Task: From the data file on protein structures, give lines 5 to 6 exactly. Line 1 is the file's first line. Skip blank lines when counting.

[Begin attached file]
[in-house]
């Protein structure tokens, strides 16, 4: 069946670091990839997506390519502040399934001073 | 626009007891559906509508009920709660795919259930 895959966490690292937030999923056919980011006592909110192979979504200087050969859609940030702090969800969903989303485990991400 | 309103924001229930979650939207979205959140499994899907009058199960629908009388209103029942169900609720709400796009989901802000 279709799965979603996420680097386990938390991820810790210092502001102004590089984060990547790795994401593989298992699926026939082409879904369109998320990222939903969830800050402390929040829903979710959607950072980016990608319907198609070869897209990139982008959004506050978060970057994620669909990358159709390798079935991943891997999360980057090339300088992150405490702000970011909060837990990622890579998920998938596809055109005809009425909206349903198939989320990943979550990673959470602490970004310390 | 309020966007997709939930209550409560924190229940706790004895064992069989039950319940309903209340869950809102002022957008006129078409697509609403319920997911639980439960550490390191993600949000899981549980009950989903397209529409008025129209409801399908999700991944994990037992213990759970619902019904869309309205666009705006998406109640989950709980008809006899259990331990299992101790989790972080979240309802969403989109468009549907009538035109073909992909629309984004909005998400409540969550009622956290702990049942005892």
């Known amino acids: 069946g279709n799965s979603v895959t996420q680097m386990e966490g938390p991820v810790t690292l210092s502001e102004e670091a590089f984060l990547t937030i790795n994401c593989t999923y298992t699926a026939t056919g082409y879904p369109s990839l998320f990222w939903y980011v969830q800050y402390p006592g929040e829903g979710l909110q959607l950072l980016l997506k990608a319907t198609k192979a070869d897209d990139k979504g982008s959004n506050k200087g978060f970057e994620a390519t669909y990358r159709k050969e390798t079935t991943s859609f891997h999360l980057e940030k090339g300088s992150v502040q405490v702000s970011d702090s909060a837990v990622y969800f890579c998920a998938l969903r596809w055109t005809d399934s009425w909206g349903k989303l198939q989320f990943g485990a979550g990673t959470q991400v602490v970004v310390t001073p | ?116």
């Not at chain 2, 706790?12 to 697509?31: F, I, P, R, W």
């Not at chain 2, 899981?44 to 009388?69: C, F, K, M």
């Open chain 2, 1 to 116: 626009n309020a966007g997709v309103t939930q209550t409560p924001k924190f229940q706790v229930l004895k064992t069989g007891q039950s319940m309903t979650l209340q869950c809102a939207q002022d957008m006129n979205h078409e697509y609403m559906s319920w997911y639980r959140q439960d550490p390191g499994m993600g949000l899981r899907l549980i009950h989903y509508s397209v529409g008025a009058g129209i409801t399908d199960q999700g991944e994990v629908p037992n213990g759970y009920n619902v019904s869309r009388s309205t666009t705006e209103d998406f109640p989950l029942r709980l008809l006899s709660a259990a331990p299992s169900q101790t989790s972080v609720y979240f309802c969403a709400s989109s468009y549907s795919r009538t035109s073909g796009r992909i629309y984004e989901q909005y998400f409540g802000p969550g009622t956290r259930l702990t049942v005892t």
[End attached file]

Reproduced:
């Not at chain 2, 899981?44 to 009388?69: C, F, K, M």
């Open chain 2, 1 to 116: 626009n309020a966007g997709v309103t939930q209550t409560p924001k924190f229940q706790v229930l004895k064992t069989g007891q039950s319940m309903t979650l209340q869950c809102a939207q002022d957008m006129n979205h078409e697509y609403m559906s319920w997911y639980r959140q439960d550490p390191g499994m993600g949000l899981r899907l549980i009950h989903y509508s397209v529409g008025a009058g129209i409801t399908d199960q999700g991944e994990v629908p037992n213990g759970y009920n619902v019904s869309r009388s309205t666009t705006e209103d998406f109640p989950l029942r709980l008809l006899s709660a259990a331990p299992s169900q101790t989790s972080v609720y979240f309802c969403a709400s989109s468009y549907s795919r009538t035109s073909g796009r992909i629309y984004e989901q909005y998400f409540g802000p969550g009622t956290r259930l702990t049942v005892t």